6/20

5 rounds of:
5 pull ups
10 DU (or 500 singles…yes 500)
5 pull ups
10 sit up wallballs 20/14

M1: Band pull ups
M2: 3 pull ups 16/10
M3: 3 pull ups 12/8

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Alcohol? What does it do to us?

Don’t worry this is not an article telling you about how horrible of a person you are if you touch this stuff. It tells you a bit about what it does internally and suggests ones to consume over others.

The Hangover
Written by Calvin Sun

Hangovers are a common occurrence this time of year (or really anytime for that matter in this economy), so I think it might be worth discussing the physiological causes of this condition. Alcohol consumption causes several things to happen in your body that inevitably lead to the unpleasant headache and fatigue associated with the morning after drinking.

Antidiuretic Hormone Inhibition
Alcohol enters your bloodstream, it prevents antidiuretic hormone (ADH) from being released. This hormone typically signals your kidneys to reabsorb water. In the absence of ADH, water isn’t reabsorbed and urine production is increased in the kidneys. This results in a diuretic effect that often has drinkers making frequent trips to the bathroom. The amount of fluids lost usually exceeds the amount of fluids consumed so dehydration is a common occurrence.

Acetaldehyde Production
When alcohol enters your liver, it is broken down by an enzyme known as alcohol dehydrogenase. Alcohol is converted into acetaldehyde, a substance that is actually more toxic than alcohol itself. From there, acetaldehyde is converted by acetaldehyde dehydrogenase and glutathione into a nontoxic compound known acetate. The problem is that your liver runs out of glutathione when you consume a large amount of alcohol, which results in a high level of acetaldehyde accumulating in your system. This results in symptoms such as headache, nausea, and vomiting.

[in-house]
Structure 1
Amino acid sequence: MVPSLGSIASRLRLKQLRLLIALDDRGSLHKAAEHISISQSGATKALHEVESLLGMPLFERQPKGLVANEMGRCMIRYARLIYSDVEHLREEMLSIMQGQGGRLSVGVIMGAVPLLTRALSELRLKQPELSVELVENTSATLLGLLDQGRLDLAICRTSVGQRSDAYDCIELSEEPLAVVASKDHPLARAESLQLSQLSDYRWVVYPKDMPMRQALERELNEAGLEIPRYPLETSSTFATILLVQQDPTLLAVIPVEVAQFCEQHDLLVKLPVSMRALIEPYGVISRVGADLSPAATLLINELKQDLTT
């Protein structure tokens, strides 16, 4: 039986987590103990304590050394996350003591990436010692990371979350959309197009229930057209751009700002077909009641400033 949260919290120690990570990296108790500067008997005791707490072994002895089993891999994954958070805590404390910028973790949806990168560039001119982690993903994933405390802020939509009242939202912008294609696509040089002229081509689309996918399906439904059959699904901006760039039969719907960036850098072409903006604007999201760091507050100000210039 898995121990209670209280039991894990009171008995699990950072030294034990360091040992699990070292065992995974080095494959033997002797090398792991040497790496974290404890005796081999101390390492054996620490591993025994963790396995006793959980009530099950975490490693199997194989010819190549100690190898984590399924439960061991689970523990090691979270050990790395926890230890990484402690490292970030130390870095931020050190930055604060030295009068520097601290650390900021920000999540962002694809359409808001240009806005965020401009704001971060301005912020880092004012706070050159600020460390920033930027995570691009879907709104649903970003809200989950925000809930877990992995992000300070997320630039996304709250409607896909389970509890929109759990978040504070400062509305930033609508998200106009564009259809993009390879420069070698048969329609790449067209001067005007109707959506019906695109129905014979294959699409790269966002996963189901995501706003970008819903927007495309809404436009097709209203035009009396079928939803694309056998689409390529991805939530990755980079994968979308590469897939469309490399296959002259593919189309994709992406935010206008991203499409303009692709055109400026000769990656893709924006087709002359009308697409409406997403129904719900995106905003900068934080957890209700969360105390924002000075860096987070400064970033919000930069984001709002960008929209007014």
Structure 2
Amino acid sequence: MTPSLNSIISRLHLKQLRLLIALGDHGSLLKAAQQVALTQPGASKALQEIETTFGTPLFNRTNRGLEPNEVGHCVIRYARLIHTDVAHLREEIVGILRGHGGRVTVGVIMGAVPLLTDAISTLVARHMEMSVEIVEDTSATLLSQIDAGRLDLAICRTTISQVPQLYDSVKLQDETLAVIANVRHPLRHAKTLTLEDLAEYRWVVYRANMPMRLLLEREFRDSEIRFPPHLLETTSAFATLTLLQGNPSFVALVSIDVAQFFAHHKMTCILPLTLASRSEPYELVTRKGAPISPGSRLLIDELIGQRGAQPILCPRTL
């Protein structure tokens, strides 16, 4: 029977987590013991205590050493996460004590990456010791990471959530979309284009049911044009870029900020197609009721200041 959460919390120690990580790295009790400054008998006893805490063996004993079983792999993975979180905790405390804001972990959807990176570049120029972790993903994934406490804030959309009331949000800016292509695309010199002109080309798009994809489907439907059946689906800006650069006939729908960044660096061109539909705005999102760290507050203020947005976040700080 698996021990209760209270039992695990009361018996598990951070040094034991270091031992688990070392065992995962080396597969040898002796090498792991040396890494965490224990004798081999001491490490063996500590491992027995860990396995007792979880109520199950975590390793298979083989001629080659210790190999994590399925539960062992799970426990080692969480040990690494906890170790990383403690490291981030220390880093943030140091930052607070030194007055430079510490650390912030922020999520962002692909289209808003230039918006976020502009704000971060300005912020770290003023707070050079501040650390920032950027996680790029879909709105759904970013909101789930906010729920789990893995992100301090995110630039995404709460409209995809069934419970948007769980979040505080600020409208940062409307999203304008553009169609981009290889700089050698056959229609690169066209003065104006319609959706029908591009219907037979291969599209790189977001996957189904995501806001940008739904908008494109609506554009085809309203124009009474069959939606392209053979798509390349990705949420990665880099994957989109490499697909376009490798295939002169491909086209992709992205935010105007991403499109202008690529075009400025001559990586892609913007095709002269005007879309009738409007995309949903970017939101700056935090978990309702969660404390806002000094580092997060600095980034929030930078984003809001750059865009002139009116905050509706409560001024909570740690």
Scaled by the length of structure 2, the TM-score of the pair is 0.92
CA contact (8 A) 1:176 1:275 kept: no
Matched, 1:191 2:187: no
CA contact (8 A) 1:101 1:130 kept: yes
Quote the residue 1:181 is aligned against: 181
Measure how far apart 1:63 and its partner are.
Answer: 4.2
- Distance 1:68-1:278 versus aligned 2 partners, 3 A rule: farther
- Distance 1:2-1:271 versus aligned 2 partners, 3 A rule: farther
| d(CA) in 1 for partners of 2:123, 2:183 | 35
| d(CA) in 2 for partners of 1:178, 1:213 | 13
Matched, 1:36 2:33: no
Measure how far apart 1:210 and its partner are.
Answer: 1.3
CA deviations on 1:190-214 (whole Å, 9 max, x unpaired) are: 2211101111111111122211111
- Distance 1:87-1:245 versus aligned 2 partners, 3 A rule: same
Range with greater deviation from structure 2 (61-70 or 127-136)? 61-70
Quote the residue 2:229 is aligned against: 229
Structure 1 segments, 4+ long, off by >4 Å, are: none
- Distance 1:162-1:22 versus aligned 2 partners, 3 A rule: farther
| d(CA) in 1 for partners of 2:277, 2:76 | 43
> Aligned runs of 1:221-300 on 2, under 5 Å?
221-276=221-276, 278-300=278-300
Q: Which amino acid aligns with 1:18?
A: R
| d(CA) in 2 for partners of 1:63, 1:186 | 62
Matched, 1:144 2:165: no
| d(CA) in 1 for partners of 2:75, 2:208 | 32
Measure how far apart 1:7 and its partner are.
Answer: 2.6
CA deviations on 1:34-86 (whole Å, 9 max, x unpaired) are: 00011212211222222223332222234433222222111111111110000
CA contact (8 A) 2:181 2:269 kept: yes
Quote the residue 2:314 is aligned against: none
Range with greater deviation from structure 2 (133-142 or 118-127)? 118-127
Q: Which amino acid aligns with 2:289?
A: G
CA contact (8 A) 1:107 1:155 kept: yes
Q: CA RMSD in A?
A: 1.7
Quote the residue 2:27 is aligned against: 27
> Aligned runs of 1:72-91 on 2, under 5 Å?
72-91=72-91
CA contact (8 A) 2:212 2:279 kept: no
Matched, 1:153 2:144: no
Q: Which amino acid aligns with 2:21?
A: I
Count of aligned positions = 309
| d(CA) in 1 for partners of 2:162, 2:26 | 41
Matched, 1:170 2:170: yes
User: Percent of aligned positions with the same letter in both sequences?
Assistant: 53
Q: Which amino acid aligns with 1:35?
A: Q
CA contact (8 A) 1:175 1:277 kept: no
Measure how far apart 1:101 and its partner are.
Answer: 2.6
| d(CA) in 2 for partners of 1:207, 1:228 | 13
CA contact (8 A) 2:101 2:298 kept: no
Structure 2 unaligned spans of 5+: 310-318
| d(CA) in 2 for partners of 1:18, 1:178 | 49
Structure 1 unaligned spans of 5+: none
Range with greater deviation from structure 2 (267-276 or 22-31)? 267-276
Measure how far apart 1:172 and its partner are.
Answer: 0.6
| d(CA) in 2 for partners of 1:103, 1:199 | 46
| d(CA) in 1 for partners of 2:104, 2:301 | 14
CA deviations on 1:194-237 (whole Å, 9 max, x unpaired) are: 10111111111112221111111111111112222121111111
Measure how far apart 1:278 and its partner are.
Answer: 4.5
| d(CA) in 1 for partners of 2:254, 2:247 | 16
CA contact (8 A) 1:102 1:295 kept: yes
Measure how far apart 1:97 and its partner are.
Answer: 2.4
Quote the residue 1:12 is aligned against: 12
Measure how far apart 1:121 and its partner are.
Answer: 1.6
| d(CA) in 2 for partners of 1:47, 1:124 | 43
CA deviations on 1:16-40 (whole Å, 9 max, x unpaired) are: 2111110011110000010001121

Congener Consumption
Congeners are substances produced during the fermentation process used to manufacture alcohol. Red wine and darker liquors such as bourbon, whiskey, and some tequilas tend to contain higher amounts of congeners whereas clear liquors like vodka and gin tend to contain less of these substances. These substances impart the unique taste of these spirits but also include chemicals like acetone and acetaldehyde which can worsen your hangover. A recent study compared dark and clear liquors and found that both bourbon and vodka impaired sleep quality and next-day cognitive performance equally, but bourbon resulted in a more severe hangover [1].

The best way to prevent a hangover is to avoid drinking altogether. Of course, I realize that as part of social and professional obligations, drinking is sometimes difficult to avoid. If you wish to minimize the effects of a hangover, pick a clear liquor like vodka and use a non-sugary mixer like club soda. Robb Wolf, author of The Paleo Solution, recommends the “NorCal Margarita”, a concoction consisting of tequila, lime juice, and soda water. Robb recommends tequila as it is gluten-free (as are most distilled liquors) and claims the lime juice blunts the insulin response as well as yields a net alkaline load at the kidneys.

Besides the toxins that result from alcohol consumption, the majority of the ill effects felt during a hangover are a result of dehydration. Water and electrolytes are depleted from your body so it’s in your best interest to rehydrate. A field-tested solution I recommend is simply drinking coconut water after consuming alcohol. Coconut water contains electrolytes like sodium, potassium, and magnesium which will help increase absorption of water and minimize the effects of a hangover. Keep in mind, alcohol consumption won’t help your body composition or your performance in the gym, so you should minimize drinking alcohol as part of a healthy lifestyle and consume alcohol in moderation.

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